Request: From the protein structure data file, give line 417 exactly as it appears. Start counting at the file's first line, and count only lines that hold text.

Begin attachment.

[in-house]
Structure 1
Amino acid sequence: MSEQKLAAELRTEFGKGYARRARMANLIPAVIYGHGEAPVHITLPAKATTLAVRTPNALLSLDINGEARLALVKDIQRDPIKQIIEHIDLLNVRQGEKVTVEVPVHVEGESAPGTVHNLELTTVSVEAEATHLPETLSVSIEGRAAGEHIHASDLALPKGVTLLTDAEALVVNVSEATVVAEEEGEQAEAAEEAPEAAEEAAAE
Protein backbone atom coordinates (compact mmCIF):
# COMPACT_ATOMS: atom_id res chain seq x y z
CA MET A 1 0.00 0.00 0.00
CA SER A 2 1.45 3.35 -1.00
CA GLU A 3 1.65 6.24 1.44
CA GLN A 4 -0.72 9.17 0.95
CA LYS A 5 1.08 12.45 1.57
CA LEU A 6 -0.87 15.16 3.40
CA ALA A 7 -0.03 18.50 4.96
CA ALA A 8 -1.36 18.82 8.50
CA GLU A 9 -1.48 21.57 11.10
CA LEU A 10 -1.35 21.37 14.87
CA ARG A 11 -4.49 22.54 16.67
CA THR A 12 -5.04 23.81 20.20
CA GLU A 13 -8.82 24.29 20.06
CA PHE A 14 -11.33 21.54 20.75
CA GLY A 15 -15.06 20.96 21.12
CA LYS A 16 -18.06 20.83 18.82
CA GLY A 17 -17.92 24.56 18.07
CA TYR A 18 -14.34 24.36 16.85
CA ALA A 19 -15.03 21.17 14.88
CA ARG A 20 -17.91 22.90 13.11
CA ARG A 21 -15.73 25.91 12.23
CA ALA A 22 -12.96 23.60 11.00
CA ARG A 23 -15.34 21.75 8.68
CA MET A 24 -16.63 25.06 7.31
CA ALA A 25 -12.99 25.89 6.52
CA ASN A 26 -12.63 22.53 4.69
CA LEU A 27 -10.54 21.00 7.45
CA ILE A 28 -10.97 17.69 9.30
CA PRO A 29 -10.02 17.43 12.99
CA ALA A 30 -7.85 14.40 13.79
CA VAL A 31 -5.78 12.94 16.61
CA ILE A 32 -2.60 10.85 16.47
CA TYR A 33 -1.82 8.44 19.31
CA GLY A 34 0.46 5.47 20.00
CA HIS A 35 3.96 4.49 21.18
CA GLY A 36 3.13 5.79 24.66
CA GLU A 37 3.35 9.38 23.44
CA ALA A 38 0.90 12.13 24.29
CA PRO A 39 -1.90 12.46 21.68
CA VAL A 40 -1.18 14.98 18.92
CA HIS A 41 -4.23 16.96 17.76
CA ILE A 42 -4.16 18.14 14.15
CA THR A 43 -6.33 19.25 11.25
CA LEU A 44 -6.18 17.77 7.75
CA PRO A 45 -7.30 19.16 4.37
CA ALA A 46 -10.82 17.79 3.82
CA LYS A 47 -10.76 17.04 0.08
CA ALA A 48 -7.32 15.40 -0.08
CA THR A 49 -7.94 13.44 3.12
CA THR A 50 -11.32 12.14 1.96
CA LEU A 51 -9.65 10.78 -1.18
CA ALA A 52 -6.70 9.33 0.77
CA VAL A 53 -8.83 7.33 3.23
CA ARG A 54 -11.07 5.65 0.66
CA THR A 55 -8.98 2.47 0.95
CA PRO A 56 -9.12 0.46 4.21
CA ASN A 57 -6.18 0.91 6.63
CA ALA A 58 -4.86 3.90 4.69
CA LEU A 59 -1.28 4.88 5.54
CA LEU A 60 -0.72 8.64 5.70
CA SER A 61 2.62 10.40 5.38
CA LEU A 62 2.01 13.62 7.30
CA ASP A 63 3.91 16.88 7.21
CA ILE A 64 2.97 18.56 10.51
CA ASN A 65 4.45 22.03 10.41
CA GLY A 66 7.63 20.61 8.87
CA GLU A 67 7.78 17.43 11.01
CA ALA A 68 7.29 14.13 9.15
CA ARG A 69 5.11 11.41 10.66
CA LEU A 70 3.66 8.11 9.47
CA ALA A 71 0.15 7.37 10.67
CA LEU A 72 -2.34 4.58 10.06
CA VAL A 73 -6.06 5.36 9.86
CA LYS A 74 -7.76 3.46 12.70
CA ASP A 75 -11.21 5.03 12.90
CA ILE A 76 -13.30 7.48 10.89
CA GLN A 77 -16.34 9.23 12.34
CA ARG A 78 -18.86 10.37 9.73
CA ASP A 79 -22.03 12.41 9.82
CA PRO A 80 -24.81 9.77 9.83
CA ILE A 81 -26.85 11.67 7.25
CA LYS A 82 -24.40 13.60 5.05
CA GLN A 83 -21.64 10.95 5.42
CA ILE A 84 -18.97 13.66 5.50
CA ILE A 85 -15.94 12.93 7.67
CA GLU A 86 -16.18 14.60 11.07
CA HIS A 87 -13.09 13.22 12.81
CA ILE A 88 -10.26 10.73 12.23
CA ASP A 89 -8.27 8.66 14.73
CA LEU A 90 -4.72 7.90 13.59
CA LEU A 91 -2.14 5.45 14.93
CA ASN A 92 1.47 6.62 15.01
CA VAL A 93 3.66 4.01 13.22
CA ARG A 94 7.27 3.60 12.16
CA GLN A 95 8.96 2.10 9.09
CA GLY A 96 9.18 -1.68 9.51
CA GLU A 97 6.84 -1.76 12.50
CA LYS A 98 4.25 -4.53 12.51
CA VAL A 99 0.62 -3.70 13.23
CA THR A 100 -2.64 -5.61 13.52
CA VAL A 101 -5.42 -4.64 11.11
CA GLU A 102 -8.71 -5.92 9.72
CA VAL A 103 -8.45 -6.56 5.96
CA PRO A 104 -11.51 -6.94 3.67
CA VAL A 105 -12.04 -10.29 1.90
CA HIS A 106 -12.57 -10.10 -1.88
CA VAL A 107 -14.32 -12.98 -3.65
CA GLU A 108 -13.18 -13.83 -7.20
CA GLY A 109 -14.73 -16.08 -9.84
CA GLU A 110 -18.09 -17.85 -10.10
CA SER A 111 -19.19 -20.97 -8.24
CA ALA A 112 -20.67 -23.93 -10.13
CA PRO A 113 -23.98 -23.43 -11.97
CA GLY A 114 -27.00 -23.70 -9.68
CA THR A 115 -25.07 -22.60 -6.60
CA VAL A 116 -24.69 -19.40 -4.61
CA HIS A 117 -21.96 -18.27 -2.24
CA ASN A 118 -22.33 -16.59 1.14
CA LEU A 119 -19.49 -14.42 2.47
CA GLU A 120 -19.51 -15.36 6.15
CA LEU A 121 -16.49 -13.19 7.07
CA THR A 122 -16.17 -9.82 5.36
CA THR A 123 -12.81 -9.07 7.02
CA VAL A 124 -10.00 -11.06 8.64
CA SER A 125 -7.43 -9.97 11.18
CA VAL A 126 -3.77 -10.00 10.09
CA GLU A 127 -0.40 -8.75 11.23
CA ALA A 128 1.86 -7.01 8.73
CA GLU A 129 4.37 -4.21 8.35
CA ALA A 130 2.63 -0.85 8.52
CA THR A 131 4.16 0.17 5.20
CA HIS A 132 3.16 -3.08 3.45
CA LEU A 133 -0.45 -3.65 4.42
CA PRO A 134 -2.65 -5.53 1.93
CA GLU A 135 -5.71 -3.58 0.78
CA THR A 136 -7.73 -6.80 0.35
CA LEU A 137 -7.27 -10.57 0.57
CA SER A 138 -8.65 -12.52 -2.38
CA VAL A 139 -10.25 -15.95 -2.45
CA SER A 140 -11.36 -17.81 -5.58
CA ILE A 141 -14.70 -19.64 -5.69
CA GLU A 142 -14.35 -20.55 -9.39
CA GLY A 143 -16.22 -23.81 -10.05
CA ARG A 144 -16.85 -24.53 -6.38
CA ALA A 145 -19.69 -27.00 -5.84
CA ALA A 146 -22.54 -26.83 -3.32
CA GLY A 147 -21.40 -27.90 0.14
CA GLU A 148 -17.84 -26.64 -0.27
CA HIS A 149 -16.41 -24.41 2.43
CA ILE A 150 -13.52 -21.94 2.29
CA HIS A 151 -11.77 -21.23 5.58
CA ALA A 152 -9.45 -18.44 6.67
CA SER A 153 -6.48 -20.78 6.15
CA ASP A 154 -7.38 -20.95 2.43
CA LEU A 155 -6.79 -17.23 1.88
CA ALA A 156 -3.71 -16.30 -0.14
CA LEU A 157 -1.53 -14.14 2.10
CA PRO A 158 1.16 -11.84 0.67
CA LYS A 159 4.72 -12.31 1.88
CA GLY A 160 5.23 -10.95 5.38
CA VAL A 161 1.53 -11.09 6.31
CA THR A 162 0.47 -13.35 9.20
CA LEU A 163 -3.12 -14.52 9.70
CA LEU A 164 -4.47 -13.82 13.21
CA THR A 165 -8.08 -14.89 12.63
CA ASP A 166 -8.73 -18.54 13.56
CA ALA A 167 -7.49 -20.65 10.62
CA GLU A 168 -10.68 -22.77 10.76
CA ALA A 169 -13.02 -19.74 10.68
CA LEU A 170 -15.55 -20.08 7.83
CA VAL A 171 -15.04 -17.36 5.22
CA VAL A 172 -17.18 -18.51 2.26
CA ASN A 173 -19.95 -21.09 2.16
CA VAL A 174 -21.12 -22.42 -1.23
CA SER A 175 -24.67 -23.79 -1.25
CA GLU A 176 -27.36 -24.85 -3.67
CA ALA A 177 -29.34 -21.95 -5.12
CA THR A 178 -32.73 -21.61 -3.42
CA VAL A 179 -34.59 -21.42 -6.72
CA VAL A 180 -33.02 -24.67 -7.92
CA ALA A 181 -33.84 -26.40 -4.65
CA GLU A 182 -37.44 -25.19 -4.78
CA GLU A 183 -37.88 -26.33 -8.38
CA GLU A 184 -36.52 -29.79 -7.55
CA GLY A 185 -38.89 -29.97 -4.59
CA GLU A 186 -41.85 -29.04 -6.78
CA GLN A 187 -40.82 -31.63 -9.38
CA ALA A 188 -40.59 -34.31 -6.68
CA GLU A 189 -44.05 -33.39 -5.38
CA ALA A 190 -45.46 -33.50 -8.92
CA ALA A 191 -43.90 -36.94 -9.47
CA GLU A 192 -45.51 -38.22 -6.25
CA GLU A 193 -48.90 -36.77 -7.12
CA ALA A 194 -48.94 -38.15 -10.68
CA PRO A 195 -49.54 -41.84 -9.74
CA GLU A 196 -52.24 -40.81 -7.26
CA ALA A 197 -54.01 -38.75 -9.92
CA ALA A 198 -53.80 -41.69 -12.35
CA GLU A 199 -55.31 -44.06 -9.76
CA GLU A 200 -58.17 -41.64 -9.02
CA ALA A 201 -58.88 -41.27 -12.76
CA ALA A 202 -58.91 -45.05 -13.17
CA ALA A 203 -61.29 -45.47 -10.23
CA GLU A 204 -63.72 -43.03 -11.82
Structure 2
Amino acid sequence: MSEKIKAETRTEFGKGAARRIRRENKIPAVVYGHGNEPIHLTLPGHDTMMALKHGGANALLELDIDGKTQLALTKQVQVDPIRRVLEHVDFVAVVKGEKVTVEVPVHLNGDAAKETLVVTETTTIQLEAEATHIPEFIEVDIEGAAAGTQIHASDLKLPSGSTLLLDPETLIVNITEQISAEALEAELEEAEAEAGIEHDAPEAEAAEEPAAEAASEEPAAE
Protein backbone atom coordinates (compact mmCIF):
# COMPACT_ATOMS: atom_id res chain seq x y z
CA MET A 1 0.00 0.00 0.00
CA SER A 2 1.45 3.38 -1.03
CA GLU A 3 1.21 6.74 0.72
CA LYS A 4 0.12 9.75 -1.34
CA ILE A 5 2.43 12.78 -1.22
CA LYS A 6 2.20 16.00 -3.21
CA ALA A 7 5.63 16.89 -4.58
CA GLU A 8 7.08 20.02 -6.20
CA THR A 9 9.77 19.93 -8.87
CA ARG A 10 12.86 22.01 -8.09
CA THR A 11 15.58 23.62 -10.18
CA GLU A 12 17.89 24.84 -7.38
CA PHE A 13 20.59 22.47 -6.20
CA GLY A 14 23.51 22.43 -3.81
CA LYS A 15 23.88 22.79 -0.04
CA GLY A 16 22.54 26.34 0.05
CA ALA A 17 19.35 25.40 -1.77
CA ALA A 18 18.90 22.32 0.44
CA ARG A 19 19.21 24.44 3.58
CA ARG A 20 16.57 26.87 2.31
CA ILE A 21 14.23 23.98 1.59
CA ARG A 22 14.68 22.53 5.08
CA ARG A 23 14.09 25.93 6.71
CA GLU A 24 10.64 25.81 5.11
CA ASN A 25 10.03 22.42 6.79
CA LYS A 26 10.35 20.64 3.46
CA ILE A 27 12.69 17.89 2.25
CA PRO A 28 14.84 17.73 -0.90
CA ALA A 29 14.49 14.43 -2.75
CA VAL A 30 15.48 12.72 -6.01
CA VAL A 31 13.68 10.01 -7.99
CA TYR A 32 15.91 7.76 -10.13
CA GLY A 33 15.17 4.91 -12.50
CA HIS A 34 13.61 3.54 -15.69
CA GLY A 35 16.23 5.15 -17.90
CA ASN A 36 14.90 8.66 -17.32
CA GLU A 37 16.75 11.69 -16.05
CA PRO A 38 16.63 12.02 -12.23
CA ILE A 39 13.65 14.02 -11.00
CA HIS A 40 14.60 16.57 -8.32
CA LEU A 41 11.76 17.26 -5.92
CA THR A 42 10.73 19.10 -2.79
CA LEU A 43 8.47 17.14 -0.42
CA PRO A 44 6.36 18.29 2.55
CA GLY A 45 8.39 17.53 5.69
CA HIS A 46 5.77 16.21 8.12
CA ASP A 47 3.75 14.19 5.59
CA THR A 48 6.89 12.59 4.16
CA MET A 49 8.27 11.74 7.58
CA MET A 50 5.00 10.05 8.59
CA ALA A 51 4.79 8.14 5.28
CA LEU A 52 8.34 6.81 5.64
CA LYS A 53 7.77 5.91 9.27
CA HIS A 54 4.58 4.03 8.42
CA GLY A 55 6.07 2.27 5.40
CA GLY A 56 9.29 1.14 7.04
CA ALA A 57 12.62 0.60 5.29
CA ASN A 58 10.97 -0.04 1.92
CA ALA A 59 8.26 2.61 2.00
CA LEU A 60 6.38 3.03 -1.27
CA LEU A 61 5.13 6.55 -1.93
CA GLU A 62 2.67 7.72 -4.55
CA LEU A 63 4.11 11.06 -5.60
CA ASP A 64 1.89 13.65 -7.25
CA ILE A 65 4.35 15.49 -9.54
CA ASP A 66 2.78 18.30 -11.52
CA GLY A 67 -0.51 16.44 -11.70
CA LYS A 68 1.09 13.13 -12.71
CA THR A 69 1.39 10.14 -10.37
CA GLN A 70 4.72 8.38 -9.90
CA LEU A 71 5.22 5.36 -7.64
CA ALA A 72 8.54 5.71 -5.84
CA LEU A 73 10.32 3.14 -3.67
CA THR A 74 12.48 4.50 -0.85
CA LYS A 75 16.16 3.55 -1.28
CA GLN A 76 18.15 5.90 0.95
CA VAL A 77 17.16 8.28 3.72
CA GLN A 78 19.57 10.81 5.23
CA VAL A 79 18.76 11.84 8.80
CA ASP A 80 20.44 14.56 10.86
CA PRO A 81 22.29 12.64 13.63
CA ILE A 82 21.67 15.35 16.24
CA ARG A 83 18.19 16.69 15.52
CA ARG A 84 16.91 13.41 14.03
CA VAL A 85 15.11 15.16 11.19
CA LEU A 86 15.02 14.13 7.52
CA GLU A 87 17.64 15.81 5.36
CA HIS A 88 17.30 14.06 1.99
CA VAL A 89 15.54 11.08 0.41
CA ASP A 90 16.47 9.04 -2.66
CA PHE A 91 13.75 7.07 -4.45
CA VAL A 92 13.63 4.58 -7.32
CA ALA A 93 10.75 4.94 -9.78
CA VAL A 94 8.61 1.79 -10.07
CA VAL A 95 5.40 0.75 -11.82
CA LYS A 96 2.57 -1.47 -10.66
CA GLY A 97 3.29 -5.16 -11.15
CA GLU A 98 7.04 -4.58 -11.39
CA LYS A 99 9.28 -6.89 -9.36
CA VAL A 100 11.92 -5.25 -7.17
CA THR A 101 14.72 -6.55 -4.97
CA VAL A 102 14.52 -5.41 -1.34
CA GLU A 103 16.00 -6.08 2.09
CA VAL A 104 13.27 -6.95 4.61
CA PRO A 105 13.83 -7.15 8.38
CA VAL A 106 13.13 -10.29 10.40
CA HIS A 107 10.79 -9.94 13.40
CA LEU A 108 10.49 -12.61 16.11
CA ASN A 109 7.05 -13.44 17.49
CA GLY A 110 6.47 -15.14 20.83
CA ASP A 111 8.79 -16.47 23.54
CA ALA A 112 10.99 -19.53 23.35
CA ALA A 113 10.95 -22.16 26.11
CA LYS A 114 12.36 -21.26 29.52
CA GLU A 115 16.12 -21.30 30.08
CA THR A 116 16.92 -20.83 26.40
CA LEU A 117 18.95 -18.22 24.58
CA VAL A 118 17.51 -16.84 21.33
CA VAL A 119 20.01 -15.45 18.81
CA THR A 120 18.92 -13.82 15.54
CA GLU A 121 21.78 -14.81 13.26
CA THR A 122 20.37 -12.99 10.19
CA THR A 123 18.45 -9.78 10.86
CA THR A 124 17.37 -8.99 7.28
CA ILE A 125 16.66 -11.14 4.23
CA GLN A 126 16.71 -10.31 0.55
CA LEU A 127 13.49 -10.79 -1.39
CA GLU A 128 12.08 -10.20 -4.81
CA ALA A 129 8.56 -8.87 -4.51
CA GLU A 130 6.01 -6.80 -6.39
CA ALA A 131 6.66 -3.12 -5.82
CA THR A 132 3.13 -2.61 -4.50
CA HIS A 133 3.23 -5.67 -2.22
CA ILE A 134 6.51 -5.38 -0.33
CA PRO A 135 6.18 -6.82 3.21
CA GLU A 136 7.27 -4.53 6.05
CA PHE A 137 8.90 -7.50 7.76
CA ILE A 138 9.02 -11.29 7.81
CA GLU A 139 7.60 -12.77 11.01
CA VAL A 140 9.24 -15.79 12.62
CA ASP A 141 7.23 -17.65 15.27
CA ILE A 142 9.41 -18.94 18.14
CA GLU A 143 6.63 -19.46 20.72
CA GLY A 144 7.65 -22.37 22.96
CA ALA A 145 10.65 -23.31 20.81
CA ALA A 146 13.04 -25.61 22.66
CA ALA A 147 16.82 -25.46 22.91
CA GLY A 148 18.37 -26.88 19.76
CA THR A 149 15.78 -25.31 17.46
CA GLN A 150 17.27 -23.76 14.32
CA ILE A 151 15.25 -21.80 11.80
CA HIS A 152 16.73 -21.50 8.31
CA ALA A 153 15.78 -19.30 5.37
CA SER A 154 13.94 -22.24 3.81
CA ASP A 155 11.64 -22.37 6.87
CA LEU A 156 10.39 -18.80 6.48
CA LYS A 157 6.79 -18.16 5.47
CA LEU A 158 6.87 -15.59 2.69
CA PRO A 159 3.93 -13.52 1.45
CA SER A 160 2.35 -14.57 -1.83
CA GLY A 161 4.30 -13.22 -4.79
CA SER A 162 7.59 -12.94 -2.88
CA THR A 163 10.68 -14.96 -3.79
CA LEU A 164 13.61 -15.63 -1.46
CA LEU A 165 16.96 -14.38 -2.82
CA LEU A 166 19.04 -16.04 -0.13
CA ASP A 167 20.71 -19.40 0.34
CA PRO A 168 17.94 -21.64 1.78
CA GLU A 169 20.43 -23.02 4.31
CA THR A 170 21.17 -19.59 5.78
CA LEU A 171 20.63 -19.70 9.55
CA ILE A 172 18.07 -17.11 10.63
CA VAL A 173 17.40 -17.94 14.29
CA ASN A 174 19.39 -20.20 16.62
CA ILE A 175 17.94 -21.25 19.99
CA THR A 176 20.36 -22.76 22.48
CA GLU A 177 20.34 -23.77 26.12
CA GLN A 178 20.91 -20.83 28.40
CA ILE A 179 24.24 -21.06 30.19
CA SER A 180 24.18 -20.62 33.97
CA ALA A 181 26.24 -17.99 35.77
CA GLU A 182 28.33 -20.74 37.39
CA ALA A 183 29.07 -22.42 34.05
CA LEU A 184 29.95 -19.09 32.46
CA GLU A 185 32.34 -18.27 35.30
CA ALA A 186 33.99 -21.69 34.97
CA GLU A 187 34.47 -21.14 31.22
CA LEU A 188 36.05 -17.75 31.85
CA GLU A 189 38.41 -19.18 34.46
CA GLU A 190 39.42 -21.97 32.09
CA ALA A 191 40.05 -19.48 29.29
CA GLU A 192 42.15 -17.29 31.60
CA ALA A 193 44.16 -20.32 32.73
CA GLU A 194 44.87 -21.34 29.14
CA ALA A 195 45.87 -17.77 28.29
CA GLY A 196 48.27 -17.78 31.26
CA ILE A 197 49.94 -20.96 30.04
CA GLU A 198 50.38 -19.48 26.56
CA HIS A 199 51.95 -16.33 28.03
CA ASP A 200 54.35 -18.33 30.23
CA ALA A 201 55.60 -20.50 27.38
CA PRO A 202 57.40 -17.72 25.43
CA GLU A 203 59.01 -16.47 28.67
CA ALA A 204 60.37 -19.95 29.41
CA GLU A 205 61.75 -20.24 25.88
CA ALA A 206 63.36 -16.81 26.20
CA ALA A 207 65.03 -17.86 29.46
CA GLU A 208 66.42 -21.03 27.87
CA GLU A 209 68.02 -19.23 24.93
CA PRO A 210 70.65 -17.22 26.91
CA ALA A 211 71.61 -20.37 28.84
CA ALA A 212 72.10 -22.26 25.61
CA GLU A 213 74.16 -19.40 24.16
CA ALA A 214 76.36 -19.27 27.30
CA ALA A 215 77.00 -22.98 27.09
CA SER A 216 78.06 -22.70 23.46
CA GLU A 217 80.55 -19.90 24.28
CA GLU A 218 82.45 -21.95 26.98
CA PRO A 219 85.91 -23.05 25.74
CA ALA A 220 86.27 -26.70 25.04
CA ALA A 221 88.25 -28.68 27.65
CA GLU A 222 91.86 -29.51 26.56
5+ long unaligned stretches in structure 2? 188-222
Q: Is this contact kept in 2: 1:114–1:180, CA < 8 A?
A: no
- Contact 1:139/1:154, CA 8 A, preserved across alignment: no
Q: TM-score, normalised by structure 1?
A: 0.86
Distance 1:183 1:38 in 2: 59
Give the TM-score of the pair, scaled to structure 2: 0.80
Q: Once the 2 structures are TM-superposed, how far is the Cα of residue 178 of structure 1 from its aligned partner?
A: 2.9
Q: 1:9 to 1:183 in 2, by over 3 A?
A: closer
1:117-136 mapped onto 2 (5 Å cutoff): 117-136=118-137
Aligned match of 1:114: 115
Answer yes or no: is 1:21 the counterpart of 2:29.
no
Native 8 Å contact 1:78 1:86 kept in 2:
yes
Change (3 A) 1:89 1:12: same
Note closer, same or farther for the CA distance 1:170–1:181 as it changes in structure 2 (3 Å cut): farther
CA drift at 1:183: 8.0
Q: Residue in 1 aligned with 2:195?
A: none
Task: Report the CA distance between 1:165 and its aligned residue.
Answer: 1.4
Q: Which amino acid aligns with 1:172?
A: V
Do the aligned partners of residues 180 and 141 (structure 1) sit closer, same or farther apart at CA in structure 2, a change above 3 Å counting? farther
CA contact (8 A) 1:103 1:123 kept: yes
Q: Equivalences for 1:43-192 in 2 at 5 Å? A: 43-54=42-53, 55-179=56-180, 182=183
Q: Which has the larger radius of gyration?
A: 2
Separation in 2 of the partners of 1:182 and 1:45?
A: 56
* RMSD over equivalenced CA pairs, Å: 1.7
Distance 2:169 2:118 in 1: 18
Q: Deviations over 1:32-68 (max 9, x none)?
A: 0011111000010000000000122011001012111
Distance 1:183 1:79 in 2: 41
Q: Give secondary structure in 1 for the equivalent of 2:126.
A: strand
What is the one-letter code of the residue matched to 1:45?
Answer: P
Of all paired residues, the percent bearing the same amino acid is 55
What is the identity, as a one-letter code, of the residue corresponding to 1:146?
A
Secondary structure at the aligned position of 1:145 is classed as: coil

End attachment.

CA ALA A 204 60.37 -19.95 29.41